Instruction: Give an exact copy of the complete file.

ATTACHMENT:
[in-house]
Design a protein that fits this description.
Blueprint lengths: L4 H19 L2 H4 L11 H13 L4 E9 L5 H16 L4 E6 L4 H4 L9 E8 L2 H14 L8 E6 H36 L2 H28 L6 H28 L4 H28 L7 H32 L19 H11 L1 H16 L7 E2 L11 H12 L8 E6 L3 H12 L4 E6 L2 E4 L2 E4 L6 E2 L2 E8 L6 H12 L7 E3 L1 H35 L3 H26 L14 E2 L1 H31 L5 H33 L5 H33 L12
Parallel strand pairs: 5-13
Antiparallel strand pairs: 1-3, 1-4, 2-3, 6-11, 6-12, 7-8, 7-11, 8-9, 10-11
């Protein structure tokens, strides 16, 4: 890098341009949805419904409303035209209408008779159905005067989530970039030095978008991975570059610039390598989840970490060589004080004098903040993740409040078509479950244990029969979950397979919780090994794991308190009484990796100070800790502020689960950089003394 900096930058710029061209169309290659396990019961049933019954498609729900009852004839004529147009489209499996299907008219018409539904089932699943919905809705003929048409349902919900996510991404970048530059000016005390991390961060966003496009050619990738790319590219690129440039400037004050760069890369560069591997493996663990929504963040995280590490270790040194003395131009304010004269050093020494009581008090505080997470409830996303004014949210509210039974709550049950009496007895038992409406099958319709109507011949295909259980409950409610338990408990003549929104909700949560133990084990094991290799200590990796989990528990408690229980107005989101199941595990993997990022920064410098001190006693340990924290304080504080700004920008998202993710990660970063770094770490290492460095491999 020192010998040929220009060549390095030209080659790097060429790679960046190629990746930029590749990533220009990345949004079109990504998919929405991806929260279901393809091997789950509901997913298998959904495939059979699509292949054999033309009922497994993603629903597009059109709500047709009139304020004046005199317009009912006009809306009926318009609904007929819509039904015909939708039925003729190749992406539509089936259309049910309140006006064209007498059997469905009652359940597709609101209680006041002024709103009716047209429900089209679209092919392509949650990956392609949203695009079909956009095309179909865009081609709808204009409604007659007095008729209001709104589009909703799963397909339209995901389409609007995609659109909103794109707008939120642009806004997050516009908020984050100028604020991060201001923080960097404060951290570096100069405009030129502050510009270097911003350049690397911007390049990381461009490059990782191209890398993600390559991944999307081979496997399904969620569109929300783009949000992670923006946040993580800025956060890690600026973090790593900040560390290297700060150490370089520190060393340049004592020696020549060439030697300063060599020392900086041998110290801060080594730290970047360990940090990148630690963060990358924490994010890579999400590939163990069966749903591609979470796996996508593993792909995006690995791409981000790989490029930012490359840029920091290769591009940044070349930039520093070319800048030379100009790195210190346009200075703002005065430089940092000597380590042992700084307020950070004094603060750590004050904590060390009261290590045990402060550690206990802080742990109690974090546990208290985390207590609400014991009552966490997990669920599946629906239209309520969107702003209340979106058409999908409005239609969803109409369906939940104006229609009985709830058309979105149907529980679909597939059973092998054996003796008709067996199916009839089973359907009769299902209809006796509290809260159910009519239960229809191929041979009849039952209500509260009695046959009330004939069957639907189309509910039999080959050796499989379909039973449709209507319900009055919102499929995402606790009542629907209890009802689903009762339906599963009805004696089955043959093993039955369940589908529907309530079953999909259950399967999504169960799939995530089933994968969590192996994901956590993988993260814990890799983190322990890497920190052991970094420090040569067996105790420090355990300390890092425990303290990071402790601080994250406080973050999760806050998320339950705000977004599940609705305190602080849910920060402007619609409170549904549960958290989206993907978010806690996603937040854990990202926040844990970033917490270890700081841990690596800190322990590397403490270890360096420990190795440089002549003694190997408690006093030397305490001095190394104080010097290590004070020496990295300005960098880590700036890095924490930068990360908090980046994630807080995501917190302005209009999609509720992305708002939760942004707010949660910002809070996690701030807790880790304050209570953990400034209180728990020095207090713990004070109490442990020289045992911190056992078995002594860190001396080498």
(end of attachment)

[in-house]
Design a protein that fits this description.
Blueprint lengths: L4 H19 L2 H4 L11 H13 L4 E9 L5 H16 L4 E6 L4 H4 L9 E8 L2 H14 L8 E6 H36 L2 H28 L6 H28 L4 H28 L7 H32 L19 H11 L1 H16 L7 E2 L11 H12 L8 E6 L3 H12 L4 E6 L2 E4 L2 E4 L6 E2 L2 E8 L6 H12 L7 E3 L1 H35 L3 H26 L14 E2 L1 H31 L5 H33 L5 H33 L12
Parallel strand pairs: 5-13
Antiparallel strand pairs: 1-3, 1-4, 2-3, 6-11, 6-12, 7-8, 7-11, 8-9, 10-11
């Protein structure tokens, strides 16, 4: 890098341009949805419904409303035209209408008779159905005067989530970039030095978008991975570059610039390598989840970490060589004080004098903040993740409040078509479950244990029969979950397979919780090994794991308190009484990796100070800790502020689960950089003394 900096930058710029061209169309290659396990019961049933019954498609729900009852004839004529147009489209499996299907008219018409539904089932699943919905809705003929048409349902919900996510991404970048530059000016005390991390961060966003496009050619990738790319590219690129440039400037004050760069890369560069591997493996663990929504963040995280590490270790040194003395131009304010004269050093020494009581008090505080997470409830996303004014949210509210039974709550049950009496007895038992409406099958319709109507011949295909259980409950409610338990408990003549929104909700949560133990084990094991290799200590990796989990528990408690229980107005989101199941595990993997990022920064410098001190006693340990924290304080504080700004920008998202993710990660970063770094770490290492460095491999 020192010998040929220009060549390095030209080659790097060429790679960046190629990746930029590749990533220009990345949004079109990504998919929405991806929260279901393809091997789950509901997913298998959904495939059979699509292949054999033309009922497994993603629903597009059109709500047709009139304020004046005199317009009912006009809306009926318009609904007929819509039904015909939708039925003729190749992406539509089936259309049910309140006006064209007498059997469905009652359940597709609101209680006041002024709103009716047209429900089209679209092919392509949650990956392609949203695009079909956009095309179909865009081609709808204009409604007659007095008729209001709104589009909703799963397909339209995901389409609007995609659109909103794109707008939120642009806004997050516009908020984050100028604020991060201001923080960097404060951290570096100069405009030129502050510009270097911003350049690397911007390049990381461009490059990782191209890398993600390559991944999307081979496997399904969620569109929300783009949000992670923006946040993580800025956060890690600026973090790593900040560390290297700060150490370089520190060393340049004592020696020549060439030697300063060599020392900086041998110290801060080594730290970047360990940090990148630690963060990358924490994010890579999400590939163990069966749903591609979470796996996508593993792909995006690995791409981000790989490029930012490359840029920091290769591009940044070349930039520093070319800048030379100009790195210190346009200075703002005065430089940092000597380590042992700084307020950070004094603060750590004050904590060390009261290590045990402060550690206990802080742990109690974090546990208290985390207590609400014991009552966490997990669920599946629906239209309520969107702003209340979106058409999908409005239609969803109409369906939940104006229609009985709830058309979105149907529980679909597939059973092998054996003796008709067996199916009839089973359907009769299902209809006796509290809260159910009519239960229809191929041979009849039952209500509260009695046959009330004939069957639907189309509910039999080959050796499989379909039973449709209507319900009055919102499929995402606790009542629907209890009802689903009762339906599963009805004696089955043959093993039955369940589908529907309530079953999909259950399967999504169960799939995530089933994968969590192996994901956590993988993260814990890799983190322990890497920190052991970094420090040569067996105790420090355990300390890092425990303290990071402790601080994250406080973050999760806050998320339950705000977004599940609705305190602080849910920060402007619609409170549904549960958290989206993907978010806690996603937040854990990202926040844990970033917490270890700081841990690596800190322990590397403490270890360096420990190795440089002549003694190997408690006093030397305490001095190394104080010097290590004070020496990295300005960098880590700036890095924490930068990360908090980046994630807080995501917190302005209009999609509720992305708002939760942004707010949660910002809070996690701030807790880790304050209570953990400034209180728990020095207090713990004070109490442990020289045992911190056992078995002594860190001396080498």